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Pylontech vs Hubble

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On 2021/02/25 at 6:07 PM, Metalcut said:

Thanks, so if my infini does not connect to it via a communication cable I dont need to enable that setting? Someone told me it is to charge the capacitors on the inverter so that it does not surge or spark when you connect the battery or is that incorrect?



If your inverter does not have a coms cable with the battery you obviously need to set the manual values on the inverter to work correctly with the battery (user defined settings)

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On 2021/02/15 at 7:21 AM, leshen said:

That’s one example. What about an 8kw Sunsynk with 2 x 4.8kwh Pylontechs. You will only get 4.8kw which is very easy to exceed. So guess what happens during a grid outage at night, the inverter will go into fault mode and shut down. See the attached picture of an 8kw Inge inverter which keeps going into fault mode with 2 x 4.8kwh 0.5C batteries. The only way to get around that is to have more batteries, that’s not the solution, the solution is for other popular manufacturers to produce 1C batteries. What do you think will happen with pricing if Pylontech produce an actual 1C battery? That’s where the Hubble’s are better. 


Sorry for brining up an old post. But a 0.5c discharge rate is not a problem if you want to run a load for longer than 2 hours. How long is load shedding ? So if you plan on using it for load shedding it wont be a problem.

You have a perfect example of a system that was badly specked by the person who designed it because if he did it right he would have read the spec sheet and known that it might be a problem or he didn't read it and only noticed it afterwards, in both situation it is still his fault for ignoring or not knowing the limitations of the tools he chose to use. Don't get me wrong there are situations where a 1c discharge rate is a big bonus and is needed but that is a minority.

 Also I have had to use a imax b6 to jump start a hubble that was so badly dischaged it could not start up the inverter that was suppose to charge it.       

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On 2021/02/14 at 12:08 AM, leshen said:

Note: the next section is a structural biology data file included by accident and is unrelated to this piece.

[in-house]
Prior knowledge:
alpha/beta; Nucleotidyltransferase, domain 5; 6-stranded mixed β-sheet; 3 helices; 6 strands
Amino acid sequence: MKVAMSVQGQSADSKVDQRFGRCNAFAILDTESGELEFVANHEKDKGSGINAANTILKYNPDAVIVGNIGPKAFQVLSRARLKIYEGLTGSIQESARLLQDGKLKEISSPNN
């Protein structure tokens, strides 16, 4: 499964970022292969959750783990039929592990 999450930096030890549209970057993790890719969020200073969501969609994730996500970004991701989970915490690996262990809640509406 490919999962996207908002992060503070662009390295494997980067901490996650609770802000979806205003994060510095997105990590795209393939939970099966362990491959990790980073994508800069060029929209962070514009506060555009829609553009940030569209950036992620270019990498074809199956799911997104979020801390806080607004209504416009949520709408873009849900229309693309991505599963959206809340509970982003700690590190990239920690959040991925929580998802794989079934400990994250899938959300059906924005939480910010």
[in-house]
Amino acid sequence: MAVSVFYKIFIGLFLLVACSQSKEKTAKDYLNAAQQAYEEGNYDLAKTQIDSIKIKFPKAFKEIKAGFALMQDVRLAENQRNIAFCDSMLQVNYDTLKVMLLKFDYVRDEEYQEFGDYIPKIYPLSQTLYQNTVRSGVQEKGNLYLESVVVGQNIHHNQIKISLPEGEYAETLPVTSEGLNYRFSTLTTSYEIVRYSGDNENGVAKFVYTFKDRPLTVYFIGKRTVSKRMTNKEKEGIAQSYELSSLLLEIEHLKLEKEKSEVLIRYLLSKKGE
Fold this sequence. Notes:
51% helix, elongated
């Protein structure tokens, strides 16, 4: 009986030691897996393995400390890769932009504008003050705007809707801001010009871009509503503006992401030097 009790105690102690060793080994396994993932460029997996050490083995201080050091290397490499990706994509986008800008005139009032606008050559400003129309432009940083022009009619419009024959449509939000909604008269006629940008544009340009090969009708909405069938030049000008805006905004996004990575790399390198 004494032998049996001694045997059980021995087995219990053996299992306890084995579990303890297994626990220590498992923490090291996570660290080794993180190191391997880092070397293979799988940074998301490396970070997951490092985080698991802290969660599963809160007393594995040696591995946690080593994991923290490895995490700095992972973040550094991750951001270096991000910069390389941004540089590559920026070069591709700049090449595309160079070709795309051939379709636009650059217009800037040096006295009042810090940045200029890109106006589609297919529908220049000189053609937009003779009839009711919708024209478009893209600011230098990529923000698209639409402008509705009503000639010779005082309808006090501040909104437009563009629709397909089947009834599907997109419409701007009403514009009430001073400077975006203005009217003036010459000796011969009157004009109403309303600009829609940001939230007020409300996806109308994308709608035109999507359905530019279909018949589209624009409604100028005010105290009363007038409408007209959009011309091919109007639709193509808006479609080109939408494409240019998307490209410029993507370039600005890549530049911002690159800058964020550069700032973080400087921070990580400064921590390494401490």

Nobody is dissing one product to make another look good. There is no comparison between Pylontechs and Hubble’s when it comes down to cycles vs C rating and that’s because a 1C Pylontech Battery doesn’t exist. If and when Pylontech produce a 1C battery, we can discuss this then. 

Maybe question how does Pylontech supply a 4AWG/21.1mm2 cable pack which only THEY rate at a constant draw of 100A? No objective third party testing done there. Interesting to see that the Victron wiring manual states a max current rating of 75A for a 25mm2 cable. Pylontech also state that you can use up to 4 x US3000C in a stack with a single cable pack and each battery can deliver 37A. That’s a total of 148A on a 100A cable or 75A, depends where you look. Seems like world class engineering to me.

If you want to spec a system you should have the electrical knowledge of where to put fuses and wire the batteries so that no cable in the system goes over its rating and use the proper fuses in the right place. Things like that are taught to you at university and almost any competent electrical engineer worth his salt will know what to do. In the electrical industry no knowledge is same, but a little bit is a very dangerous thing because you don't know what you don't know. Just because it works doesn't mean it is right.   

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In the market for a lithium battery and came across this thread: I'm not in either camp. I know a lot of cycle life is marketing but what is the impact to lifespan of the Hubble at 1C continuous draw? Why doesn't Hubble provide any recommendations on discharge rate? Do we think at 1C they expect 6000 cycles at 50% DOD? From the Pylontech US3000C specs, they have a recommended discharge rate (37A/0.5C) which I assume (maybe incorrectly) is to maximize the cycles.

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